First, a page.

About Us... St. David's History
When and how was St. David’s established as a parish?
After the end of World War II, the suburban area around Detroit started to grow with the influx of young new families and with that growth came the need for more parishes. A group of Episcopalians, known as the South Berkley Circle of St. John’s, Royal Oak, sought the backing they would need to establish a church where their children could be Baptized and Confirmed in their own community. With the sponsorship of St. James, Birmingham they became known as St. James Chapel, Berkley.
On March 2, 1952, at 9:30 a.m., the first service of Holy Eucharist was celebrated by the Rev. Harold E. Towne, the Rector of St. James, Birmingham, for the 49 adults and 30 children assembled in the gym of Oxford School in Berkley. With the Rev. Towne’s direction, the mission was then served by Captain Eric Kast of the Church Army. The first vicar and resident priest, the Rev. Herbert Barsale, was called in June of 1953.
In October of 1956, the congregation was able to lay the cornerstone at our present location and on November 11 of the same year, they held their first service in what was then known as St. David’s Mission, Southfield. A chapel (currently our fellowship hall) and four classrooms were built. The chapel had the capacity of 129 people. The interior decorating and tiling of the floors were accomplished by those parishioners.
Our name, St. David’s, was chosen because our first service was held on March 1, 1952 and the patron Saint of Wales, St. David, is also celebrated on March 1st. The St. Davids Cathedral is in the town of St. David, Wales, on the site where his sixth century monastery was built and it remains today a church serving a living community.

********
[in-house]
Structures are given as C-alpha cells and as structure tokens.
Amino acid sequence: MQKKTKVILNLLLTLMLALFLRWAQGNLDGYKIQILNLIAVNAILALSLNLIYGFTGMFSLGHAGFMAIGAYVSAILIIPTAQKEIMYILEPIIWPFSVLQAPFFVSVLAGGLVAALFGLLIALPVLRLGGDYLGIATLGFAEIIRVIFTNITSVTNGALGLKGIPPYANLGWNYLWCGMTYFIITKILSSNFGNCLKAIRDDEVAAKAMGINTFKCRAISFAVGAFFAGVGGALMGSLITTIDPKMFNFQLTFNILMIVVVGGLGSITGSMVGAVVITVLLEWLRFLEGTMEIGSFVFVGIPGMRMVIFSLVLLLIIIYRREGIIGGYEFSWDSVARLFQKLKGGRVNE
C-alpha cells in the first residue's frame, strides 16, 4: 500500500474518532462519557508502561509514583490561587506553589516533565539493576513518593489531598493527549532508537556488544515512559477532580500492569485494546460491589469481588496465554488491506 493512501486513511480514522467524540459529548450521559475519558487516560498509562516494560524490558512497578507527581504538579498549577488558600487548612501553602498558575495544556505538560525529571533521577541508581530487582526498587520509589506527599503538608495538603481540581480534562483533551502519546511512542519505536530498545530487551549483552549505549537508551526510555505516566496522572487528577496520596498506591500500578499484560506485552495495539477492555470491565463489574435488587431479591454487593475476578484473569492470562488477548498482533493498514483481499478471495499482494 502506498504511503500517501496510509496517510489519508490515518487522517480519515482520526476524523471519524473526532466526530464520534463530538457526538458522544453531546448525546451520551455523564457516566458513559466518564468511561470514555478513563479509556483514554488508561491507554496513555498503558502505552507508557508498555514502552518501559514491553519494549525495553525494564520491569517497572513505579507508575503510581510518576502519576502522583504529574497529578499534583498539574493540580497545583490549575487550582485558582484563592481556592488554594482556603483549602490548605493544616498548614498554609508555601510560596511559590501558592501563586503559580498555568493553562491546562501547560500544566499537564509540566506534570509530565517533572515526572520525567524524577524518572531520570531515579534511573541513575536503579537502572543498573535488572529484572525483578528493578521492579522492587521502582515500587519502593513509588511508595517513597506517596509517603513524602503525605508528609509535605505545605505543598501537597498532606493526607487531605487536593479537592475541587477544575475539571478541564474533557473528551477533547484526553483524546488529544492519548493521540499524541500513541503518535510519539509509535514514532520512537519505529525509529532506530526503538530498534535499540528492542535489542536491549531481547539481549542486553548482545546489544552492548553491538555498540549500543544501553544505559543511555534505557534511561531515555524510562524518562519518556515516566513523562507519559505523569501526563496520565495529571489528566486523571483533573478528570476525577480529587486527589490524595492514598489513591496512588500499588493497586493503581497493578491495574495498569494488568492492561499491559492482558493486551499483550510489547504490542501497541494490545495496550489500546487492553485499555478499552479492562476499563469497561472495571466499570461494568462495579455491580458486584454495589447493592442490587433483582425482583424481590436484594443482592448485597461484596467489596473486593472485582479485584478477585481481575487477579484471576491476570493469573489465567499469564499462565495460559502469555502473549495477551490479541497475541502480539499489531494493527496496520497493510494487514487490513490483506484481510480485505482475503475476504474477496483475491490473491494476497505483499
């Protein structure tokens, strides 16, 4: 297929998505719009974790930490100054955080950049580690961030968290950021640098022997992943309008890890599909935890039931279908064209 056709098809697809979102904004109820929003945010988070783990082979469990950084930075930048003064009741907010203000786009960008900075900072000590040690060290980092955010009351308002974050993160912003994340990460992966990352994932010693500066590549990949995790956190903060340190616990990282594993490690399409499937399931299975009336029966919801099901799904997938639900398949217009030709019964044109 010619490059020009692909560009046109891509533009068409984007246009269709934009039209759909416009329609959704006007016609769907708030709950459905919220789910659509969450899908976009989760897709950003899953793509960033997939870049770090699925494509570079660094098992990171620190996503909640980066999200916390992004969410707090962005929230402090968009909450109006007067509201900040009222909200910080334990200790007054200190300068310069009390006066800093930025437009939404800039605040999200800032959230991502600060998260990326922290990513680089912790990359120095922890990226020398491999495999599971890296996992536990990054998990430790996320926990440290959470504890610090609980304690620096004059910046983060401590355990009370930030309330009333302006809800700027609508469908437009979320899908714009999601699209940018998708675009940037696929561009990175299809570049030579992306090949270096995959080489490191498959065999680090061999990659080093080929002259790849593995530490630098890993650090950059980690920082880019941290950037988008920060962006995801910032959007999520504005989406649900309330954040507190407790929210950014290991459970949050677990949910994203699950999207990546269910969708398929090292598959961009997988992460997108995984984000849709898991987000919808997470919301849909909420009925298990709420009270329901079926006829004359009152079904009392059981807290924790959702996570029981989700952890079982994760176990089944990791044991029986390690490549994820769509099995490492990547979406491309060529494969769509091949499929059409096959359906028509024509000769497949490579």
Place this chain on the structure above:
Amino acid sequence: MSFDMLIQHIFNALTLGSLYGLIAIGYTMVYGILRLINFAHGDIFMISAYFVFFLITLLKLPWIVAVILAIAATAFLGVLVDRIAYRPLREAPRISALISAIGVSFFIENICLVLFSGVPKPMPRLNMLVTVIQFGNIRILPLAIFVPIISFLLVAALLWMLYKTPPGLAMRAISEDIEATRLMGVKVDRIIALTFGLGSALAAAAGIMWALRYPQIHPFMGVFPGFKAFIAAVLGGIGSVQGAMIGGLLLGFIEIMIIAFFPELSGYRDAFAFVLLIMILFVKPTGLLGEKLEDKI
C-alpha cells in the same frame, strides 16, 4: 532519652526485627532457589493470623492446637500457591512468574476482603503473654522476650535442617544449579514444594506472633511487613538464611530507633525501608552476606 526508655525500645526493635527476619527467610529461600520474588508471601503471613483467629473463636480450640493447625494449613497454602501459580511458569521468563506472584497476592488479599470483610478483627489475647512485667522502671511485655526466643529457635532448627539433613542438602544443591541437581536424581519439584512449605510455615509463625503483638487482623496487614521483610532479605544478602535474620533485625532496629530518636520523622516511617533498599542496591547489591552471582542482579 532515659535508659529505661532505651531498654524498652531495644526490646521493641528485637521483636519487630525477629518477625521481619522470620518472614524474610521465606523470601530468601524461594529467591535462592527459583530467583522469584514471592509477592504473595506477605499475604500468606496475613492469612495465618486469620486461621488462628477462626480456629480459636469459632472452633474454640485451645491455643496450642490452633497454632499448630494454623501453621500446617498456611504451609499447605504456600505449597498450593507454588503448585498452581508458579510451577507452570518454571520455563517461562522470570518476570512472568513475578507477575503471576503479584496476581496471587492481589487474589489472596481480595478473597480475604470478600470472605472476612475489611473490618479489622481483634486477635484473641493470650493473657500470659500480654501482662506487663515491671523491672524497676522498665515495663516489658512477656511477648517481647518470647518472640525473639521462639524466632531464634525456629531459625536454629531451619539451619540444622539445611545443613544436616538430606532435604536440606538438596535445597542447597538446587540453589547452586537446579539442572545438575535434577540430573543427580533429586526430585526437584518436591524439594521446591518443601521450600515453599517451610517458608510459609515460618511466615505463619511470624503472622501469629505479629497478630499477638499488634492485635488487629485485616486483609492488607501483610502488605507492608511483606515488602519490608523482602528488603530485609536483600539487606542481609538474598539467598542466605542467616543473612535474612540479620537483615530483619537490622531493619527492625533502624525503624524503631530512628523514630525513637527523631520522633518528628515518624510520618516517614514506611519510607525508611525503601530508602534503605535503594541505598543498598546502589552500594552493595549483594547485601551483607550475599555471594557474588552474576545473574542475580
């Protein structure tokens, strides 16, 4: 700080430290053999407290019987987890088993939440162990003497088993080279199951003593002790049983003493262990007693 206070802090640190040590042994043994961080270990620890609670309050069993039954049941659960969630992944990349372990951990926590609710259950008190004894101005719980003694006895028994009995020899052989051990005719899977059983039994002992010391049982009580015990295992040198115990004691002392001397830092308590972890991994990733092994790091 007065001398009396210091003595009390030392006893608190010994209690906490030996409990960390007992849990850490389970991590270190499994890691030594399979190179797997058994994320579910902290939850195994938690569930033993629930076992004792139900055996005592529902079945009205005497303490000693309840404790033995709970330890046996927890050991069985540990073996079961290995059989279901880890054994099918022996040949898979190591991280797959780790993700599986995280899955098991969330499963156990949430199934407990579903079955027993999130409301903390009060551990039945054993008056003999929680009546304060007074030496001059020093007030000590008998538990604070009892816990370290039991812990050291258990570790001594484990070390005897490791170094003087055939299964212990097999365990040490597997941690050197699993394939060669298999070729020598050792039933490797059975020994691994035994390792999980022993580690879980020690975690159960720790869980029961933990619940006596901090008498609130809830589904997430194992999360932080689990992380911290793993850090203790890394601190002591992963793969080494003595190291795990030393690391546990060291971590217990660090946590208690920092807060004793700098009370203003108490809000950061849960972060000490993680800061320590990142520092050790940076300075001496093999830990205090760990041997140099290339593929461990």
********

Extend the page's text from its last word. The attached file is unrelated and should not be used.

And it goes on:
The Rev. Herbert G. Myers was called to become St. David’s second vicar and by December 29, 1959, St. David’s would become a self-supporting parish. In May of 1960, the Rev. Myers became the first Rector of St. David’s serving the parish until 1973.
With the leadership of many priests over the years, St David’s continues to grow in spirituality, size, and mission.
Today, we come from many places in our faith journeys and we seek much the same things as the early families that began St. David’s were seeking - a loving and warm church in which to raise our children, have baptisms, confirmations, and share the Holy Eucharist. We remain the friendly family that welcomes new members as we seek new ways to show the light of Christ to others.
Times change; we change with them, but at the same time we keep St. David’s as a family church and take pride in our past, present and future.
May we continue to grow, yet retain the family atmosphere and love for all.
There are many artifacts and mementos that are a part of St. David’s history.
The most prominent one is the cross that hangs on the front of the balcony. This cross was fashioned out of brass pieces the early members contributed for this purpose. Fr. Arlain Taylor, a priest and long time member of St. David’s, oversaw the project. A retired Episcopal priest, and friend of Fr. Taylor, fashioned a cross and candlesticks in his small foundry. This also recalls the fact that our chapel is named for Fr. Taylor who was a wonderful example for all of us.
On the back wall of the Narthex, on what we call the history wall, you will see a wrought iron group composed of three pieces that are the alpha, the omega, and a piece that depicts St. David. The piece represents the hills of Wales and a dove carrying a leek. These were made for Father Myers, St. David’s first rector, by his father, a blacksmith in Ohio. They were originally hung above the altar.
Another symbol which you see in our church documents, including at the top of our newsletter, is the Dove. The dove represents the time when St. David needed a miracle. He was addressing a large group who had come to hear him, but they complained that they could not see or hear him. Suddenly the ground rose underneath him forming a hill on which he stood. At the same moment a dove descended and perched on St. David’s shoulder. The white dove was a sign of God’s grace and blessing.
On the back history wall is also a stone from the original St. David's church in Wales. This was presented to us by the Rev. Canon Davies, the rector at St. John’s, Plymouth.
Priests and Deacons who have served at St. Davids:
|The Rev Chris Yaw
|The Rev Nancy Turner-Jones
|The Rev Donald Duford
|The Rev Gary Callahan
|The Rev Barton De Marchant
|The Rev M. Arlain Taylor, Interim
|The Rev Herbert G. Myers
|The Rev Albert E. Corner, Deacon Emeritis